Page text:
By user804106 on Dec 13, 2011
The short story is, the Commission has a proposal on the table for a slight update to the inner workings of European Standardization. The key part of the proposal has the form of a Regulation. The regulation would recognize technical specifications in the field of ICT. However, a public body must first apply for recognition of such specification, so this is not akin to "opening the floodgates" to all kinds of specifications. Also, the Commission, working with an advisory multi-stakeholder platform must find they have been developed in the open and transparent manner in which standards should be developed.
Global and open standards matter in ICT
Open standards are commonly understood to be agreed upon
specifications that are developed in accountable and transparent
processes that are open to all stakeholders and widely available and
implementable (this view is fairly common corresponds to the EU’s EIF
definition). Open standards, understood this way, is the only kind of specifications that counts for
governments. Now, standards bodies differ in the way they
provide transparency and openness. While stakeholders might feel the
need to participate wherever standards are made, all should work
towards more openness and transparency, particularly governments. What the Commission has proposed would foster more transparency. This is a key role of government.
The Commission's proposal is fine as is
The effect would be to bring the EU up
to date with the reality of ICT standardization. It is a good thing.
It would not change that much, and it would not destroy the "European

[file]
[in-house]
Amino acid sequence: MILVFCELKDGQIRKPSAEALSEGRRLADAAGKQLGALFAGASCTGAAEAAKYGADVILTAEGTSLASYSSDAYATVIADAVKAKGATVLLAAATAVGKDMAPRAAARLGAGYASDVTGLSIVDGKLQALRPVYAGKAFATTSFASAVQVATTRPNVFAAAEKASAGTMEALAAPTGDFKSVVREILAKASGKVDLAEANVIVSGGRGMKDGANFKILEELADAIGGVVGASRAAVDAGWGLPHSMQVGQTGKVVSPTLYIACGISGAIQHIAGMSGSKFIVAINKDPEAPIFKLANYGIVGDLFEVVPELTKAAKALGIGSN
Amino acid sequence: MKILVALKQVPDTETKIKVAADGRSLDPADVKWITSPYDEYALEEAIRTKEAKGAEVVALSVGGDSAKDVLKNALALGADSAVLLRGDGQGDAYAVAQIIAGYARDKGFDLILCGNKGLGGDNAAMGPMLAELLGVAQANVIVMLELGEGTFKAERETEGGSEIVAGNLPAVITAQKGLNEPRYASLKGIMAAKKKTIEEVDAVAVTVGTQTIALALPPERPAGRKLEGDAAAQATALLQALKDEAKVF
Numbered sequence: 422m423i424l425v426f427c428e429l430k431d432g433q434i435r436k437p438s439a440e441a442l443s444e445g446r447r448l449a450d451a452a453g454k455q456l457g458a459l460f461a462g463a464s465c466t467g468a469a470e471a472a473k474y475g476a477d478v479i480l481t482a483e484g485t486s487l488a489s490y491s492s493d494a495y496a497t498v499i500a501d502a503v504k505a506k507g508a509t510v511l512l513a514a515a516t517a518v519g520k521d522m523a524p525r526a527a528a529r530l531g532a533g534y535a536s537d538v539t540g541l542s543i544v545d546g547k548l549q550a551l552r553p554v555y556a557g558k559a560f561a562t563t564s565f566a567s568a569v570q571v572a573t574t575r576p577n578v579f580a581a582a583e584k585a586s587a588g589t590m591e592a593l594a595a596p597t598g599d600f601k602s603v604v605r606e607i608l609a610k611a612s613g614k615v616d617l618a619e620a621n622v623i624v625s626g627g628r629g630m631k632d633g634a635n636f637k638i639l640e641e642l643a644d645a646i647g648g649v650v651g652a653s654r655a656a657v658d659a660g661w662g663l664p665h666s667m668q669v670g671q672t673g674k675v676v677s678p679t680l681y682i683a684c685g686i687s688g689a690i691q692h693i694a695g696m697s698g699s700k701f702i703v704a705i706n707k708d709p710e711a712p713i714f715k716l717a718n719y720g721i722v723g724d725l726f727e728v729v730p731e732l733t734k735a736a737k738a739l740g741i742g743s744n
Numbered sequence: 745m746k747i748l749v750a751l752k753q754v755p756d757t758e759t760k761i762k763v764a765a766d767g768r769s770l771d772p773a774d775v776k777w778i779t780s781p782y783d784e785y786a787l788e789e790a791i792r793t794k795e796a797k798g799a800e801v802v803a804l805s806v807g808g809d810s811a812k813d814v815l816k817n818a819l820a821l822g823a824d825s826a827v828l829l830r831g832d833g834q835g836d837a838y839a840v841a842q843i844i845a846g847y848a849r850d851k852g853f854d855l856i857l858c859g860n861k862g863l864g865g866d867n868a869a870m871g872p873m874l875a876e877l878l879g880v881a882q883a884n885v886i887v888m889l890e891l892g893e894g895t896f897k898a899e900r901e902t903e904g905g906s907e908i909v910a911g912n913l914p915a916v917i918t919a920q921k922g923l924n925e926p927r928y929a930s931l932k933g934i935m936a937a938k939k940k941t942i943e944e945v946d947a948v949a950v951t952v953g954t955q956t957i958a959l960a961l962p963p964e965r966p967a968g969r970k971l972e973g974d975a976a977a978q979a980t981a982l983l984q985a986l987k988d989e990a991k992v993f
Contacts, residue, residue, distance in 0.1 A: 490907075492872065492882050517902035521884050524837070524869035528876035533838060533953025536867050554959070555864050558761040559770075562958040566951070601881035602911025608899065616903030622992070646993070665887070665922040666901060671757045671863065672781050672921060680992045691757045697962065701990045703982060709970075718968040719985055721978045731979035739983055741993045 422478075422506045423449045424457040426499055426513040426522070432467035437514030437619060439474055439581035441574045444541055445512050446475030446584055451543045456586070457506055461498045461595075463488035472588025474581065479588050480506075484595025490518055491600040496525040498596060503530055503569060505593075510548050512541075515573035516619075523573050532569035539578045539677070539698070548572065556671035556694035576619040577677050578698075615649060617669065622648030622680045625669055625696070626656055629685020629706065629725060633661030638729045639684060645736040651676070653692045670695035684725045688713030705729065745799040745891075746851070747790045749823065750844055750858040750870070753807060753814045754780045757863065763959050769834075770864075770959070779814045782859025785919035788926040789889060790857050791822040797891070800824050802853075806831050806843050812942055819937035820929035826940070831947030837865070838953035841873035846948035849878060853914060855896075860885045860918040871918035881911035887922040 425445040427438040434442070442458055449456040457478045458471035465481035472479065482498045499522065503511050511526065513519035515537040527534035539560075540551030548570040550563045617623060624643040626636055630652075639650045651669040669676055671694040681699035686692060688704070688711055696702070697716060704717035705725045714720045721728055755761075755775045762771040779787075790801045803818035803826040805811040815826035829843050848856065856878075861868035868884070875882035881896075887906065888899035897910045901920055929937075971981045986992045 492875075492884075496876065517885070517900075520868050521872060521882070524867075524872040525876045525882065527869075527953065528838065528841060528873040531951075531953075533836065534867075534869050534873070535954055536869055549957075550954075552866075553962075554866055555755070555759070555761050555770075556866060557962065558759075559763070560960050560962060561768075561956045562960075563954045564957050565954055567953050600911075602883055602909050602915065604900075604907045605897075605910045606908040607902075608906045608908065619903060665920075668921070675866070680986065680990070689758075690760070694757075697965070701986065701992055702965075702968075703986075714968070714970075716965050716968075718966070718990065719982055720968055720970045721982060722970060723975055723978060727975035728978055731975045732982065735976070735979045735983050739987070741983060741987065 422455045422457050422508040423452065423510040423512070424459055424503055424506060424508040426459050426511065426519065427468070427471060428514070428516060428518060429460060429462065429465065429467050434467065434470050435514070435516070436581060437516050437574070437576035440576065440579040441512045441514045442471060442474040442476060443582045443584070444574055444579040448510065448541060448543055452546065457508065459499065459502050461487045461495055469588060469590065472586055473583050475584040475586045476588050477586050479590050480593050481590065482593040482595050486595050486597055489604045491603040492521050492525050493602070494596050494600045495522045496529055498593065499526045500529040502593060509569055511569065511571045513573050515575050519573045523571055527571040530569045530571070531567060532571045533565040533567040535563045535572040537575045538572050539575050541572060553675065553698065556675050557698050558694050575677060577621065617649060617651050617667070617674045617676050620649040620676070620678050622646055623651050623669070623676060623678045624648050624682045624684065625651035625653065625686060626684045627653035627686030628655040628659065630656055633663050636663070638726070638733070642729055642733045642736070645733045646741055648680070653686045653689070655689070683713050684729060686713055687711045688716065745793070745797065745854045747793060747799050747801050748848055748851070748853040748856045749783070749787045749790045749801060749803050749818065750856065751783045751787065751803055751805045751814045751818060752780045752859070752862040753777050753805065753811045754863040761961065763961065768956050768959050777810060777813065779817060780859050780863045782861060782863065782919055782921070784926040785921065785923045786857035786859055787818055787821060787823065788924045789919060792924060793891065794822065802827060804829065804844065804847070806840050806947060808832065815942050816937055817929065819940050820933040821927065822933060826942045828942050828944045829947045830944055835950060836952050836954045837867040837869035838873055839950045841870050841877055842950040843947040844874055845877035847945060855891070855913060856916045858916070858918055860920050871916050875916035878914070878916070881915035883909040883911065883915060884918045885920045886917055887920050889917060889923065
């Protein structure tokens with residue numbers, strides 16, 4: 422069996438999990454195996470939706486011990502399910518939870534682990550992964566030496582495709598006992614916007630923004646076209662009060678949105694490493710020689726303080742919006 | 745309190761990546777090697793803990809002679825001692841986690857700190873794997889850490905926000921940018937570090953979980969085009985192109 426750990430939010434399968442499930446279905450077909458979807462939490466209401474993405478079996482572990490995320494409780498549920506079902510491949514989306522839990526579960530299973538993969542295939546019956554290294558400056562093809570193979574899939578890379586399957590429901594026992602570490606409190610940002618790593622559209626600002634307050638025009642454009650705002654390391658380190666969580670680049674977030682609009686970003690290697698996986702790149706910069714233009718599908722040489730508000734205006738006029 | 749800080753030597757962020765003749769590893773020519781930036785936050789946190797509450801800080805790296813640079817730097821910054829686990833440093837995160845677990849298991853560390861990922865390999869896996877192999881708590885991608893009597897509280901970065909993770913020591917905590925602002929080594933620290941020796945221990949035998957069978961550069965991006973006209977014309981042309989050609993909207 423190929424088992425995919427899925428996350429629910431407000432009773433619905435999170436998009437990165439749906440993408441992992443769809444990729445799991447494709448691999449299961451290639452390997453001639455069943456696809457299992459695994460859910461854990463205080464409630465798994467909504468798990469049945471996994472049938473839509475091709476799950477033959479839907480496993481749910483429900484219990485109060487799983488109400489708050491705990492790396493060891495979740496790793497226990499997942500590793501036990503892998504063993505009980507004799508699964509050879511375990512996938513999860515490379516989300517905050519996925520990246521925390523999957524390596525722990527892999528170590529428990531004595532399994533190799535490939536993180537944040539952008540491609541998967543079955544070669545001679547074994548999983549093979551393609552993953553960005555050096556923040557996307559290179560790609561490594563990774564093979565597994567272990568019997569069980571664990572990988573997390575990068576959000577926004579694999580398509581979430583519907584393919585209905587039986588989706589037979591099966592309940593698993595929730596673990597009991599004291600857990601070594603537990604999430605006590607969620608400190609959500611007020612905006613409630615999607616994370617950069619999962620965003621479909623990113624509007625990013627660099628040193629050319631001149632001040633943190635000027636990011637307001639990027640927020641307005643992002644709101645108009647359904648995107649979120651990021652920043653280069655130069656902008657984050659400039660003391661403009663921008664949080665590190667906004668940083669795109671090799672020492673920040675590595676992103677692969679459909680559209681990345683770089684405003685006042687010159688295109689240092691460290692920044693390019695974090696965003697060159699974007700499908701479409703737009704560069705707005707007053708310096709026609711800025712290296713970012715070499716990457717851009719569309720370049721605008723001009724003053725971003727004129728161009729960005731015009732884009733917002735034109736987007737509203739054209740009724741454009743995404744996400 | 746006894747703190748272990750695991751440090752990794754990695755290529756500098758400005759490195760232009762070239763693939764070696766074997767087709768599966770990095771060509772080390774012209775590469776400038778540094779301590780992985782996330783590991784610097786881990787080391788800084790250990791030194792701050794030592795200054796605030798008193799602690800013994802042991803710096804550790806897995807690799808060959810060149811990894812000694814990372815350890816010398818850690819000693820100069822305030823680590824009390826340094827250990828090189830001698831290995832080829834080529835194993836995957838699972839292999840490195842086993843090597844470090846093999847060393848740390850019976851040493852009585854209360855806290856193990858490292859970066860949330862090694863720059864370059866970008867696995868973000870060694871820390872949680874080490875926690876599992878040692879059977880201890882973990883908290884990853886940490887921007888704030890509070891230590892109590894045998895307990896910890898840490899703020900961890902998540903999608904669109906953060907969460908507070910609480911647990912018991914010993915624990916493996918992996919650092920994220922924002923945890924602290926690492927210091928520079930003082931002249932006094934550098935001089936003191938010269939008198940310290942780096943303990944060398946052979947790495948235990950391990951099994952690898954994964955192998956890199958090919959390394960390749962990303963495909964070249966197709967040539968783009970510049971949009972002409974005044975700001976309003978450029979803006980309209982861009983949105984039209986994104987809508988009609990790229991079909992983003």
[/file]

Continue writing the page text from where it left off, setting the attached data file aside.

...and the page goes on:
Standardization System" and its possible merits (some are convinced it works well, and I will leave that debate for now).
This proposal is currently being
discussed in Council and Parliament. The gist of it is, some current
beneficiaries of status quo still resist, notably CEN/CENELEC, some
non-ICT industry players worried about spill-over to their sectors,
and some national standards bodies (NSBs). Their position used to be
scrap the whole reform. Given that this does not seem feasible, the
new tactic is: merge Articles 9 and 10. This does not work.
The thing is: the current proposal is FINE. Merging those two articles is not meaningful. Article 9 defines the basic reform: recognition. Article 10 specifically applies the reform to the public procurement directives. Both are necessary and important.
If Council or Parliament want to introduce any change at all to Articles 9 and 10, here is a suggestion:
Article 9: Either on proposal from a public authority referred to in Directive 2004/18/EC or on its own initiative the Commission may decide to recognise technical specifications in the field of ICT which are not national, European or international standards and meet the requirements set out in Annex II, as ICT standards for referencing in policies and public procurement.
Article 10: Recognised ICT standards referred to in Article 9 shall constitute common technical specifications referred to in Directives 2004/17/CE and 2004/18/CE, and Regulation (EC) No 2342/2002.